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On the Sunday previous to the commencement of the hop-harvest, droves of people passed along the lane in front of Mr. Dalben's house. It was impossible not to be amused with the various groups, although the language which was uttered was often far from agreeable; and Thomas and Lion were obliged to be on the alert all day, to protect Mr. Dalben's pears, apples, and plumbs, from the marauders which surrounded them.

Each party had one or more horses with it, and sometimes two or three women were mounted on the back of the same beast-girls and women, and the lesser boys—laughing and singing, and calling to those who were lagging behind. These parties were so frequent during the morning and afternoon, that it was dangerous to leave the house, or rather the garden; but late in the evening, when it was supposed they were all passed, Maurice came running to Henry, to say that there was a poor family going by, and that the woman seemed ready to faint, having carried an infant a long way.

Henry immediately ran out, and saw an interesting group of very decent persons sitting under the hedge; there was the father, holding a child of two years of age; a mother, with an infant, and three or four larger children. The

poor woman seemed indeed ready to faint, and the man asked humbly for a little beer for his wife.

“Would she like tea better ?" asked Henry.

"* Indeed, indeed, I should, master,” replied the poor creature; “but I could not have asked such a favour.”

“Sit where you are,” said Henry, " and you shall have it in a minute—have you far to go ?”

Only to one farmer James's,” replied the poor man.

“What, squire Hargrave's bailiff?” remarked Thomas, who had joined the party in the lane i then you have three good miles to walk."

" As many hundred miles to me, just now," said the poor woman ; "and to the children, nearly as much."

• You should not travel on a Sunday,” remarked Thomas; “ there never comes no good of working on the Lord's day.”

“ We knows it,” replied the man; could not help it; we is not our own masters."

In a few minutes Henry appeared again, carrying a huge pitcher of tea, a mug, and various thick slices of bread-and-butter, and enjoyed no small delight in seeing the poor family refreshing themselves. I shall not repeat all the blessings they poured upon him, nor the de

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light the little children expressed when he gave each of them a penny book.

“ If that aʼant pretty," said the man, when he had passed on a little way down the lane with his wife. “If that a'ant the very kindest young gentleman that ever I clapped my eyes on, my name is not John Brady."

“He came upon us like the angel in the desert,” replied the wife; “I shall never forget him, if I live to be a hundred ; but God is good, who sends relief in the time of trouble. And now, mind me, children, give your father them books, and let them be put by for our winter evenings. They must be kept as long as you live, in remembrance of that dear young gentleman.” And thus ended that adventure. Neither did Henry speak of it to any one who had not witnessed it; for when people talk much of their charities, it is a sign that they are rare things with them.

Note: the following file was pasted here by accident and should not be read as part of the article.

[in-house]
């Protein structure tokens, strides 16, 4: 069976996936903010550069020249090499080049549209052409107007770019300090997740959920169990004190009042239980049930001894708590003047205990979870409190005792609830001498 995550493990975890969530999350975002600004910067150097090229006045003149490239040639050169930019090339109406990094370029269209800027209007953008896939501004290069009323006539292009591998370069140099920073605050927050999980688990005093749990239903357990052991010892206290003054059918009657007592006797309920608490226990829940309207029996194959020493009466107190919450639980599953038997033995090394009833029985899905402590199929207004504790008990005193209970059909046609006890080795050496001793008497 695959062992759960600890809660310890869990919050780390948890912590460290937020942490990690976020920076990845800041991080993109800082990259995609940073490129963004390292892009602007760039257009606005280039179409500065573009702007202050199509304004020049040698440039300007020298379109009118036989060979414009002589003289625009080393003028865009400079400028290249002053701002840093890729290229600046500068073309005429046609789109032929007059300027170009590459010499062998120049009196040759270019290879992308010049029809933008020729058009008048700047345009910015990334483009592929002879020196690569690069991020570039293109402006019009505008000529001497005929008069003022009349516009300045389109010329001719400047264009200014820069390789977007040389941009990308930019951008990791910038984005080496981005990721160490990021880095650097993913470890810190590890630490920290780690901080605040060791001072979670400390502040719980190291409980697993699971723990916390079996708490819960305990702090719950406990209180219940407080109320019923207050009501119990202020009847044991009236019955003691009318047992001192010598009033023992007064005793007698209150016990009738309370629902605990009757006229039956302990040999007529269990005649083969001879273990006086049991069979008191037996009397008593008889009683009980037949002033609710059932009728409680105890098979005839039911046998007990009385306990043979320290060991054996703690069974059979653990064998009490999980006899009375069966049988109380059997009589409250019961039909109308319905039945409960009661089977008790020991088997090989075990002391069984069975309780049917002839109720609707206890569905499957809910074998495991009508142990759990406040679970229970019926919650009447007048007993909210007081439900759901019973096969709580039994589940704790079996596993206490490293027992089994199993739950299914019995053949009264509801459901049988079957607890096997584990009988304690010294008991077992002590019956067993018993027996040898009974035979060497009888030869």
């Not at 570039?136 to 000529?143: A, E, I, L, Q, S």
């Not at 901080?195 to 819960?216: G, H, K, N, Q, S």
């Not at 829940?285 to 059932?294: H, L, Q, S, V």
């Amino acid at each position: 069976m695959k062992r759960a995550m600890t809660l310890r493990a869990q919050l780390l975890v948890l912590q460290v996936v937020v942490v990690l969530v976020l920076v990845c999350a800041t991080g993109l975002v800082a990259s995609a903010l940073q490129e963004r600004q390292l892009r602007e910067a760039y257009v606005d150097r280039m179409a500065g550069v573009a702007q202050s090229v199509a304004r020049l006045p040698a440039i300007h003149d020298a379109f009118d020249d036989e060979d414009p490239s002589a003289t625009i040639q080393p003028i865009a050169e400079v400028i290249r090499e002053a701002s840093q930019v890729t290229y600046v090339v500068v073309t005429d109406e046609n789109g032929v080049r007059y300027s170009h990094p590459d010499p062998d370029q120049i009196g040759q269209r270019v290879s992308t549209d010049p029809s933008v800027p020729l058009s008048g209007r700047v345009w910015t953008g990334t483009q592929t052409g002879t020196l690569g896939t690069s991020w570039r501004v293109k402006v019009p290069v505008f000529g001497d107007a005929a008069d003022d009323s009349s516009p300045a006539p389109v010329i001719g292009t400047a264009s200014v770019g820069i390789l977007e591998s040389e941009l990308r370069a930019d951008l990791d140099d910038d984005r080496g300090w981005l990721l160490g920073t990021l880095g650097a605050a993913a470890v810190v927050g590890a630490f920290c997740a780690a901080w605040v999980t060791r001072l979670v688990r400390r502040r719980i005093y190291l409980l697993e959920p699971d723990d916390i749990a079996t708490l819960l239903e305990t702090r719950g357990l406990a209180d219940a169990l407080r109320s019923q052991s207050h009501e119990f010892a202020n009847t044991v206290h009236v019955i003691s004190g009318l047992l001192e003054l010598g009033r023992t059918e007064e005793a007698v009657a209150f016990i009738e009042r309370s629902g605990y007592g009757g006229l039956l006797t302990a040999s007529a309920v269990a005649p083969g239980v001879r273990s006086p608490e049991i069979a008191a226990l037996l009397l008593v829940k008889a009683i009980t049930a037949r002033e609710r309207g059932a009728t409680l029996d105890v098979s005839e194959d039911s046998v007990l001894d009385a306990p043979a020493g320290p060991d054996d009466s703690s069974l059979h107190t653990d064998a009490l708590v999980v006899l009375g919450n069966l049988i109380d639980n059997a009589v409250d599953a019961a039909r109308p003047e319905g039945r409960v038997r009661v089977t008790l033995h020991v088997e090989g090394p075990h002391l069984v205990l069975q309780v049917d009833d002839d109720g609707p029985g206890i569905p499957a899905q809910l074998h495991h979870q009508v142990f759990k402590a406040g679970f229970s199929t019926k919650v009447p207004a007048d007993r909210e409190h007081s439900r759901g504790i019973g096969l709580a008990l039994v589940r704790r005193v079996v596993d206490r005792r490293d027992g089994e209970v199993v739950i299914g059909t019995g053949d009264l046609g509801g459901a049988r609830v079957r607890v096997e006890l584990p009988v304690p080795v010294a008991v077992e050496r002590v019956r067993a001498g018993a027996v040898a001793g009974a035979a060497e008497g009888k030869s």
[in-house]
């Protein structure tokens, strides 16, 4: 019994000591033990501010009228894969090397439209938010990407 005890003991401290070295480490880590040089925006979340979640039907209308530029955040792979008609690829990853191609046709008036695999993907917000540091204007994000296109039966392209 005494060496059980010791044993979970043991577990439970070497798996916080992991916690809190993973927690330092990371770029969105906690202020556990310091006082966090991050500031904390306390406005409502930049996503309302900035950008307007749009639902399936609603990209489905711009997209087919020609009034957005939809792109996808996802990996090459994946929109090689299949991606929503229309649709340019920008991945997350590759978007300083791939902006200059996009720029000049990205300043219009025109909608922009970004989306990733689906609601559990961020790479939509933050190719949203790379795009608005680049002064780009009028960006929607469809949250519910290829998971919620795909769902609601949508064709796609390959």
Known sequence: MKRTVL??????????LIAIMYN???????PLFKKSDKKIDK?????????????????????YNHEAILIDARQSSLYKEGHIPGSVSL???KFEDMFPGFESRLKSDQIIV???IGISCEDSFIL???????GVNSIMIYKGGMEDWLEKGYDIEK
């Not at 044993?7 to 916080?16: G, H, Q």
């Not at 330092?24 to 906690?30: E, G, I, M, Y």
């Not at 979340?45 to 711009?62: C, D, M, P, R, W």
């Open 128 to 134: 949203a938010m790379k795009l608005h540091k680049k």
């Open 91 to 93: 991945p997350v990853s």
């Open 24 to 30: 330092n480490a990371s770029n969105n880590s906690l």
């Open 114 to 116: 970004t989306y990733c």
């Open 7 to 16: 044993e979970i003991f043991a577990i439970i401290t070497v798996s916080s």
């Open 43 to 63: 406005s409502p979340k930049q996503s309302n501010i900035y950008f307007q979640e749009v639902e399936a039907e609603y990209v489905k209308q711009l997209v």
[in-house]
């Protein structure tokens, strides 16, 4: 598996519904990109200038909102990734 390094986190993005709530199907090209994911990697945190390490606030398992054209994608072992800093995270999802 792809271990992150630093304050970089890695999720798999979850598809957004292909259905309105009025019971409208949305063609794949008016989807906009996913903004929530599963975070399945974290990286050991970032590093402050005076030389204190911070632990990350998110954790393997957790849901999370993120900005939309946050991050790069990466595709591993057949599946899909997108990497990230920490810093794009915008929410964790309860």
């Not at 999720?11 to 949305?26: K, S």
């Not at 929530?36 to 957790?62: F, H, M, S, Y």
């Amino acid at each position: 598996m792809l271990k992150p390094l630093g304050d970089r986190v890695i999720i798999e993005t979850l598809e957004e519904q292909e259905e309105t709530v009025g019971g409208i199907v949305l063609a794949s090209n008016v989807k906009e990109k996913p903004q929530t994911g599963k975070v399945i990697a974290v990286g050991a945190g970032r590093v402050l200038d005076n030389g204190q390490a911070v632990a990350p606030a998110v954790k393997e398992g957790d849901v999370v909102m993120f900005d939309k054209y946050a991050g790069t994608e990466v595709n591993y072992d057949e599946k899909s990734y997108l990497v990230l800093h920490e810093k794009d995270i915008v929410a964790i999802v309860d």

CHAP. XVII.

The Worcestershire Beacon.

A VARIETY of events took place the day following the Sunday above mentioned, or rather notices of events; for a letter from Mrs. Bonville, sent by the hand of a footman in livery, announced the arrival of the Earl of L-, at Malvern, inclosed in a note from Lady Lexpressing a wish to see Edgar at Malvern, and by another messenger came another note from Mr. Hargrave, saying, “That he expected Dr. and Mrs. Matthews, who were passing on to Cheltenham, to dine with him the next Thursday, begging that Mr. Milner might meet them, his old master having expressed a wish to that effect."

Mr. Dalben thought it would be unkind to decline this invitation for Henry; and as Edgar was also invited, it was agreed that on the Thursday morning, the young men should go to Malvern, when Edgar should call on the Earl's family, and from thence they should return by Mr. Hargrave's, which was full one mile nearer to Malvern than Mr. Dalben's.

Accordingly, on the Thursday morning, the two young men set out, Henry being pleased with the prospect of seeing his old master, although he would rather have met him any where else than at the Hargraves. But the day was fine, the country in its highest beauty, and all was gay and cheerful around him.

As he walked with Edgar, where often he had walked with his uncle in the days of his early youth, a thousand old remembrances returned to his mind; and there was not a clump of trees, a cottage, a rivulet, a meadow, or a down, which did not afford him some subject of discourse.

“ There, in that shadowy spot we found the first caltha palustris I ever saw, Edgar," he said ; “ I have it now in my hortus siccus, with the date under it.”

Prodigious !” exclaimed Edgar. “Well—but it really was a memorable event to me,” replied Henry, "and I will tell you wherefore my uncle took that occasion to ex

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